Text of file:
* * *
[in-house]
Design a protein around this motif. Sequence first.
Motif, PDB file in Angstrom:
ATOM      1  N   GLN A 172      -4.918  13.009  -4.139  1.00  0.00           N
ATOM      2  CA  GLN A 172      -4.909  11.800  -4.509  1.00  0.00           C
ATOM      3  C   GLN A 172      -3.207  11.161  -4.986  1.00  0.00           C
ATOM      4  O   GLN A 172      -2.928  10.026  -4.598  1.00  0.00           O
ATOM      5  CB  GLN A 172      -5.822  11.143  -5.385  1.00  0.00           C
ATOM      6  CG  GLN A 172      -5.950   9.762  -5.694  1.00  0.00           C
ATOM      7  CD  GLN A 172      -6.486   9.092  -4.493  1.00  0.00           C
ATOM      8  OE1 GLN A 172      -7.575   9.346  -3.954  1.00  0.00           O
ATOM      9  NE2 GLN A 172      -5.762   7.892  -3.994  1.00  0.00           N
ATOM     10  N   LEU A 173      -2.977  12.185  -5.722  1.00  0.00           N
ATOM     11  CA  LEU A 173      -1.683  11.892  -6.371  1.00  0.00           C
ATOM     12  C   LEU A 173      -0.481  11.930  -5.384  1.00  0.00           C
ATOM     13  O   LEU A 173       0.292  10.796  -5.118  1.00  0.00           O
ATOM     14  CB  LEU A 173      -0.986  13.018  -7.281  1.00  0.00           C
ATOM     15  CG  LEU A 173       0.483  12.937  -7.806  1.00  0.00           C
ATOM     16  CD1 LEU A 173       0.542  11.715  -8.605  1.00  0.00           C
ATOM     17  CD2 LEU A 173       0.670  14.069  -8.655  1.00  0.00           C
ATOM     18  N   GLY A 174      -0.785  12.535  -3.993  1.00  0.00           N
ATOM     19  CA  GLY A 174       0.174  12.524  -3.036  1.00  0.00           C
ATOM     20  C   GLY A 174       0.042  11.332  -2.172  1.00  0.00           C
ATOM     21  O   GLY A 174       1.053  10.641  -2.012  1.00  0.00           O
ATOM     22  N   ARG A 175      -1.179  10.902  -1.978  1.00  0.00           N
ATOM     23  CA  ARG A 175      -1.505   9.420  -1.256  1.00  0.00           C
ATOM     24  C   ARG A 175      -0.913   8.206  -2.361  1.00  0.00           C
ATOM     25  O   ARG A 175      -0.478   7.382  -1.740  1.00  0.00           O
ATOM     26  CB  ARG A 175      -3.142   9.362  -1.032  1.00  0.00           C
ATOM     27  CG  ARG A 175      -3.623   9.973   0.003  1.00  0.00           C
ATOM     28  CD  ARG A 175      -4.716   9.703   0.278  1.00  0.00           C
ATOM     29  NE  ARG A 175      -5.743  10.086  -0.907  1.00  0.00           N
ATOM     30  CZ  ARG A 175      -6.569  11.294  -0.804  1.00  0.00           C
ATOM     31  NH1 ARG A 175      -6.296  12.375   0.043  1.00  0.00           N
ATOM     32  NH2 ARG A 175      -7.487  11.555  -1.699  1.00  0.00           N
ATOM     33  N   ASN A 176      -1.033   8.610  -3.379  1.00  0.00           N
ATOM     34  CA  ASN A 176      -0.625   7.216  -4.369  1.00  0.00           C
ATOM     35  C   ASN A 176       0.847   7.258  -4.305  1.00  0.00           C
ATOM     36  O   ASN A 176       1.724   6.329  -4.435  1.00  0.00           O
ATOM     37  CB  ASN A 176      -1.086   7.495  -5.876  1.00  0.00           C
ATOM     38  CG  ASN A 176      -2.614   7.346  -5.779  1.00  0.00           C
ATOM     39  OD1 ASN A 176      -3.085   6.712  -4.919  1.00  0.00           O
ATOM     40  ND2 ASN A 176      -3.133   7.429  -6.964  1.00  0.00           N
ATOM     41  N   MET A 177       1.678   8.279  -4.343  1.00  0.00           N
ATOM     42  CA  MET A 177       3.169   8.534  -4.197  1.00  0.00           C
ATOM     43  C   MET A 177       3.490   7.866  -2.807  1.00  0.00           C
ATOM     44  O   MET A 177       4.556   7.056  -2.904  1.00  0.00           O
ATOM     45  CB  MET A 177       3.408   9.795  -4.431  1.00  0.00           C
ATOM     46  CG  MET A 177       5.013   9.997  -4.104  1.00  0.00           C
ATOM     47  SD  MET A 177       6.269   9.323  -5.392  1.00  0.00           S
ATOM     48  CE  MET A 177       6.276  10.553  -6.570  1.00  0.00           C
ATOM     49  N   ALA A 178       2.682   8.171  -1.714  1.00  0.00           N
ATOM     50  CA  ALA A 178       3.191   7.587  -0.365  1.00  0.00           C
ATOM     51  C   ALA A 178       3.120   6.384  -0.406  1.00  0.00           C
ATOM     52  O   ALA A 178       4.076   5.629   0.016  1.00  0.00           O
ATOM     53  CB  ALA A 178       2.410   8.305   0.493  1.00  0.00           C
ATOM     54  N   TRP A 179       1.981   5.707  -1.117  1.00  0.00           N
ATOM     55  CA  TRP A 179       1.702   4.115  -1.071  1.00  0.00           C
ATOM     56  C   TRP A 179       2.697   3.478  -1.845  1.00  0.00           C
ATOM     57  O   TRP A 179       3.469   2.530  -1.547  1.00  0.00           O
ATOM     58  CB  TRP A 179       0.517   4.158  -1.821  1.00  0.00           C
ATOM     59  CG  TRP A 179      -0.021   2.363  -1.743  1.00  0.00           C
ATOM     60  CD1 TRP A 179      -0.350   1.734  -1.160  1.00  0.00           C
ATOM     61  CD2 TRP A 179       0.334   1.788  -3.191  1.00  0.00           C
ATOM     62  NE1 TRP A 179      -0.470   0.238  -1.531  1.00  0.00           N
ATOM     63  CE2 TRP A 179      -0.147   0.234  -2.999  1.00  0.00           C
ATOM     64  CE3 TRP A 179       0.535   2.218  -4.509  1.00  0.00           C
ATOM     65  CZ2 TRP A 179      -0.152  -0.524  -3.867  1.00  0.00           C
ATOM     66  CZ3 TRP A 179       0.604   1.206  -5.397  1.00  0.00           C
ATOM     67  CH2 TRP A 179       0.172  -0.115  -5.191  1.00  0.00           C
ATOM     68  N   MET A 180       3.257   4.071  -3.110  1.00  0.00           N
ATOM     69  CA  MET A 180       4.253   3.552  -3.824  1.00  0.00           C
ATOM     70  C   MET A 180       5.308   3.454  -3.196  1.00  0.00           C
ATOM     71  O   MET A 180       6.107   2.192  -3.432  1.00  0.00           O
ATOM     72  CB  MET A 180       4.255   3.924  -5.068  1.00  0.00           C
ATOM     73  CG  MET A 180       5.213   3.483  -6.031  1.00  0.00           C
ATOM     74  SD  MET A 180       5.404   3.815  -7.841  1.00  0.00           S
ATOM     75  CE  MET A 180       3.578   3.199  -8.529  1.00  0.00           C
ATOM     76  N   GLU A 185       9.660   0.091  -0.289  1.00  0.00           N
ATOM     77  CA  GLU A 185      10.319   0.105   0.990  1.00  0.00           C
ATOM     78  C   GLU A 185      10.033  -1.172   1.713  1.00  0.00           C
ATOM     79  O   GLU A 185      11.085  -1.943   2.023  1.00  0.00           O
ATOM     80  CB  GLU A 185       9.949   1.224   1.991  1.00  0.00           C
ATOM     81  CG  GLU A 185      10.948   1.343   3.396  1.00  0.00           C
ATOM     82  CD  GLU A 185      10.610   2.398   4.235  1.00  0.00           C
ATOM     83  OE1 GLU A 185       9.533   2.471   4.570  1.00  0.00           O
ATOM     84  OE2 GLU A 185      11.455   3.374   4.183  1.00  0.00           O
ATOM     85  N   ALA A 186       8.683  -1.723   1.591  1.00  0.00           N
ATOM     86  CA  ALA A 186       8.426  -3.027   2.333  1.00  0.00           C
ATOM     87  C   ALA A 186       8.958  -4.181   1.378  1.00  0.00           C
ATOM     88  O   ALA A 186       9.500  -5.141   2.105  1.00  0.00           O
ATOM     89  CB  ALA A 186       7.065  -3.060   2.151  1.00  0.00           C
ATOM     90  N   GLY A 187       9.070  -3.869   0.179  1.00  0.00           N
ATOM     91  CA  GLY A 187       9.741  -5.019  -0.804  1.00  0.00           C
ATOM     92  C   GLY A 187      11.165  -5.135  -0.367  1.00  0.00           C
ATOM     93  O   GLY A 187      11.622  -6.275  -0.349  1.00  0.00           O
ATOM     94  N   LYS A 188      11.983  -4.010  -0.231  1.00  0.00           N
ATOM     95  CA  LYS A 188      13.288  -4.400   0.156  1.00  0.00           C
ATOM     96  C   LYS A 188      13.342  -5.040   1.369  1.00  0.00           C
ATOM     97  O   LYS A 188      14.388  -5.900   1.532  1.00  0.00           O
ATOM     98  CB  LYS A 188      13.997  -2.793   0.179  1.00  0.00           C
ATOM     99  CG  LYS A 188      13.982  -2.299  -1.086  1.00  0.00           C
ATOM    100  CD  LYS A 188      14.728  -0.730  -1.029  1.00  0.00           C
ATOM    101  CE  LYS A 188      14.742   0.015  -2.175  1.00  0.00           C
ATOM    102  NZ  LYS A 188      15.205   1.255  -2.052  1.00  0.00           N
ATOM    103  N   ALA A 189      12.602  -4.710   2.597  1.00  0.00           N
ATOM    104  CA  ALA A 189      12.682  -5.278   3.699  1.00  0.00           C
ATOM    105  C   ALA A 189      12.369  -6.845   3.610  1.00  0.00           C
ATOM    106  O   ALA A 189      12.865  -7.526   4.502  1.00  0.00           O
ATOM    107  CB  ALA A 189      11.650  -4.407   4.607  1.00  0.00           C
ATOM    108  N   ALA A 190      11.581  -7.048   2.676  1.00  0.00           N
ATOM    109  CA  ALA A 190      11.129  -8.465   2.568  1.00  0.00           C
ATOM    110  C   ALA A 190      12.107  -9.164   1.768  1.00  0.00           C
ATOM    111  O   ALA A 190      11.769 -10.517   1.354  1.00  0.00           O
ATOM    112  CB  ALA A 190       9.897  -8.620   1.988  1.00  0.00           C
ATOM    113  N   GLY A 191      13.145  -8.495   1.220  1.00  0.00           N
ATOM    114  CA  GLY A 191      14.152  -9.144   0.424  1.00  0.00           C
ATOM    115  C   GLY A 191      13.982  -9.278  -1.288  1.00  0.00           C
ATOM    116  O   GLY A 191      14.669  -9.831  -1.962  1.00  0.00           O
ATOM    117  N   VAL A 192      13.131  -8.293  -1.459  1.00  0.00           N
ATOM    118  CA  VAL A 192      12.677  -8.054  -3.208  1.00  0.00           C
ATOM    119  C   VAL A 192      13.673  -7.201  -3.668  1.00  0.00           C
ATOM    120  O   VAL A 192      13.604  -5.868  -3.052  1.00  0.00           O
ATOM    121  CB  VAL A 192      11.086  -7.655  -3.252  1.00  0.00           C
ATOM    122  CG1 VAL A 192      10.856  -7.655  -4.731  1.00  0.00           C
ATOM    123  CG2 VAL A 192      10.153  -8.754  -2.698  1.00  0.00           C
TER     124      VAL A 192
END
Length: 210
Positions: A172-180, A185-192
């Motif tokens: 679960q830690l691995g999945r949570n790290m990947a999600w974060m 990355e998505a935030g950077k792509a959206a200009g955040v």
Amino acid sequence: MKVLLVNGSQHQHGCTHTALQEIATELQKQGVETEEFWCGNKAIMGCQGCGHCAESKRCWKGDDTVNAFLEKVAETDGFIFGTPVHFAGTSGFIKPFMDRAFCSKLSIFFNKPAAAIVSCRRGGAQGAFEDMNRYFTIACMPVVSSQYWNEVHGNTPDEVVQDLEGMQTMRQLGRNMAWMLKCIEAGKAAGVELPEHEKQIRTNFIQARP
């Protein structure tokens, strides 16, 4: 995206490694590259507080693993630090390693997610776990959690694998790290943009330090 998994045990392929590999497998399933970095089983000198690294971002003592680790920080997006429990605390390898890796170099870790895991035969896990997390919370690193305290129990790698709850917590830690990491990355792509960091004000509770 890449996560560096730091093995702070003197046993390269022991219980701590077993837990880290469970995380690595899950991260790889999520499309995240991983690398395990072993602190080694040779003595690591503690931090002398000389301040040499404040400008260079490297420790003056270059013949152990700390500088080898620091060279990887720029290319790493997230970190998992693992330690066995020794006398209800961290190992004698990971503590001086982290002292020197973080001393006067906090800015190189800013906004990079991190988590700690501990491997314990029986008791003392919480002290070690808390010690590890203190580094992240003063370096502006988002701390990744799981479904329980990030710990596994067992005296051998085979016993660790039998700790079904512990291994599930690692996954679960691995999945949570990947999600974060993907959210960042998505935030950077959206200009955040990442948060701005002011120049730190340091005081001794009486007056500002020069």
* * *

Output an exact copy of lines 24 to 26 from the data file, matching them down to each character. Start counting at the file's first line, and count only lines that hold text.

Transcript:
ATOM     21  O   GLY A 174       1.053  10.641  -2.012  1.00  0.00           O
ATOM     22  N   ARG A 175      -1.179  10.902  -1.978  1.00  0.00           N
ATOM     23  CA  ARG A 175      -1.505   9.420  -1.256  1.00  0.00           C